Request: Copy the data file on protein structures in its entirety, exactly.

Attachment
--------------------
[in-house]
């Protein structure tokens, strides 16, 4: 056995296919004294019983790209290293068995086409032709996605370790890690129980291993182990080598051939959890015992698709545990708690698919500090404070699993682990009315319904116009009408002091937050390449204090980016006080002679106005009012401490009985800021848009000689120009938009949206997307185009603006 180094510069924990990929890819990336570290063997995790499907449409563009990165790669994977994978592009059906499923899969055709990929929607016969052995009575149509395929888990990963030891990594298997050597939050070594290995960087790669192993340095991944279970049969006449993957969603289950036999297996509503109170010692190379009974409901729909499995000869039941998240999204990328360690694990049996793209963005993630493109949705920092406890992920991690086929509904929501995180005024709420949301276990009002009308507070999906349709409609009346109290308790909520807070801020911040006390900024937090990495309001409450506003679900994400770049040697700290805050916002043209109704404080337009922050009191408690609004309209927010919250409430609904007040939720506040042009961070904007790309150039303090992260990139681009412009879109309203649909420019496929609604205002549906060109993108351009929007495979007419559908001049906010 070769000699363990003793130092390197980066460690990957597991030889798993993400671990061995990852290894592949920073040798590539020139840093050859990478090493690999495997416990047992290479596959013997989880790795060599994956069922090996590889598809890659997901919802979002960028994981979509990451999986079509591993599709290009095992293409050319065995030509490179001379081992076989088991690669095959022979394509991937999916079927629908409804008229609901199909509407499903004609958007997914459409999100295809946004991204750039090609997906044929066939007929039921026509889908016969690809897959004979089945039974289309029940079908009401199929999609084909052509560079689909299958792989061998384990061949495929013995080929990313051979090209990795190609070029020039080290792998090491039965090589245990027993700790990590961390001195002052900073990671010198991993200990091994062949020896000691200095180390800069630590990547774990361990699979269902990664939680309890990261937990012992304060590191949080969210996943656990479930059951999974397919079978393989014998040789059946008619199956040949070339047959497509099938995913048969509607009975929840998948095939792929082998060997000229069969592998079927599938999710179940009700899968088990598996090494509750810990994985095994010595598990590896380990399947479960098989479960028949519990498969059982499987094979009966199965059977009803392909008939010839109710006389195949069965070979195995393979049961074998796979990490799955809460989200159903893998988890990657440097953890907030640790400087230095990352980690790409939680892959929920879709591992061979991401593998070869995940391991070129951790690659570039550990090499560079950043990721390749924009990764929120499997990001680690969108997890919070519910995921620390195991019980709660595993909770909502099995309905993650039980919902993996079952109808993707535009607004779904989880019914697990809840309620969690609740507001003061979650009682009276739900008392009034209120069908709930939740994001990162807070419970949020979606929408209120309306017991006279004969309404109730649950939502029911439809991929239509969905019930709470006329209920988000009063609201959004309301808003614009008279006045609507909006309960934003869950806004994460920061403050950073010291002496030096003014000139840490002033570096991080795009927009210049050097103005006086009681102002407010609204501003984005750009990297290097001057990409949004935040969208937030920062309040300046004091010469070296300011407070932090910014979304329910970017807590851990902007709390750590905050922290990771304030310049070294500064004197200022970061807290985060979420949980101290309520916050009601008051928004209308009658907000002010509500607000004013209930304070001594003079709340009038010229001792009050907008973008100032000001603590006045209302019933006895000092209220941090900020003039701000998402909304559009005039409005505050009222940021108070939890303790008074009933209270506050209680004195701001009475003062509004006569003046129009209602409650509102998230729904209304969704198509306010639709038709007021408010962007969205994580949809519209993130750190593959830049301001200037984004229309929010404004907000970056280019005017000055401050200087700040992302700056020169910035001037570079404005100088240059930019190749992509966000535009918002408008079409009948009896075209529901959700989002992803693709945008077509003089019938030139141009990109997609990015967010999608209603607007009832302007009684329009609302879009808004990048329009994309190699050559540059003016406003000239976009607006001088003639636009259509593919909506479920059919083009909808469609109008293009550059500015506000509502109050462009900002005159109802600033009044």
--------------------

[in-house]
């Protein structure tokens, strides 16, 4: 056995296919004294019983790209290293068995086409032709996605370790890690129980291993182990080598051939959890015992698709545990708690698919500090404070699993682990009315319904116009009408002091937050390449204090980016006080002679106005009012401490009985800021848009000689120009938009949206997307185009603006 180094510069924990990929890819990336570290063997995790499907449409563009990165790669994977994978592009059906499923899969055709990929929607016969052995009575149509395929888990990963030891990594298997050597939050070594290995960087790669192993340095991944279970049969006449993957969603289950036999297996509503109170010692190379009974409901729909499995000869039941998240999204990328360690694990049996793209963005993630493109949705920092406890992920991690086929509904929501995180005024709420949301276990009002009308507070999906349709409609009346109290308790909520807070801020911040006390900024937090990495309001409450506003679900994400770049040697700290805050916002043209109704404080337009922050009191408690609004309209927010919250409430609904007040939720506040042009961070904007790309150039303090992260990139681009412009879109309203649909420019496929609604205002549906060109993108351009929007495979007419559908001049906010 070769000699363990003793130092390197980066460690990957597991030889798993993400671990061995990852290894592949920073040798590539020139840093050859990478090493690999495997416990047992290479596959013997989880790795060599994956069922090996590889598809890659997901919802979002960028994981979509990451999986079509591993599709290009095992293409050319065995030509490179001379081992076989088991690669095959022979394509991937999916079927629908409804008229609901199909509407499903004609958007997914459409999100295809946004991204750039090609997906044929066939007929039921026509889908016969690809897959004979089945039974289309029940079908009401199929999609084909052509560079689909299958792989061998384990061949495929013995080929990313051979090209990795190609070029020039080290792998090491039965090589245990027993700790990590961390001195002052900073990671010198991993200990091994062949020896000691200095180390800069630590990547774990361990699979269902990664939680309890990261937990012992304060590191949080969210996943656990479930059951999974397919079978393989014998040789059946008619199956040949070339047959497509099938995913048969509607009975929840998948095939792929082998060997000229069969592998079927599938999710179940009700899968088990598996090494509750810990994985095994010595598990590896380990399947479960098989479960028949519990498969059982499987094979009966199965059977009803392909008939010839109710006389195949069965070979195995393979049961074998796979990490799955809460989200159903893998988890990657440097953890907030640790400087230095990352980690790409939680892959929920879709591992061979991401593998070869995940391991070129951790690659570039550990090499560079950043990721390749924009990764929120499997990001680690969108997890919070519910995921620390195991019980709660595993909770909502099995309905993650039980919902993996079952109808993707535009607004779904989880019914697990809840309620969690609740507001003061979650009682009276739900008392009034209120069908709930939740994001990162807070419970949020979606929408209120309306017991006279004969309404109730649950939502029911439809991929239509969905019930709470006329209920988000009063609201959004309301808003614009008279006045609507909006309960934003869950806004994460920061403050950073010291002496030096003014000139840490002033570096991080795009927009210049050097103005006086009681102002407010609204501003984005750009990297290097001057990409949004935040969208937030920062309040300046004091010469070296300011407070932090910014979304329910970017807590851990902007709390750590905050922290990771304030310049070294500064004197200022970061807290985060979420949980101290309520916050009601008051928004209308009658907000002010509500607000004013209930304070001594003079709340009038010229001792009050907008973008100032000001603590006045209302019933006895000092209220941090900020003039701000998402909304559009005039409005505050009222940021108070939890303790008074009933209270506050209680004195701001009475003062509004006569003046129009209602409650509102998230729904209304969704198509306010639709038709007021408010962007969205994580949809519209993130750190593959830049301001200037984004229309929010404004907000970056280019005017000055401050200087700040992302700056020169910035001037570079404005100088240059930019190749992509966000535009918002408008079409009948009896075209529901959700989002992803693709945008077509003089019938030139141009990109997609990015967010999608209603607007009832302007009684329009609302879009808004990048329009994309190699050559540059003016406003000239976009607006001088003639636009259509593919909506479920059919083009909808469609109008293009550059500015506000509502109050462009900002005159109802600033009044």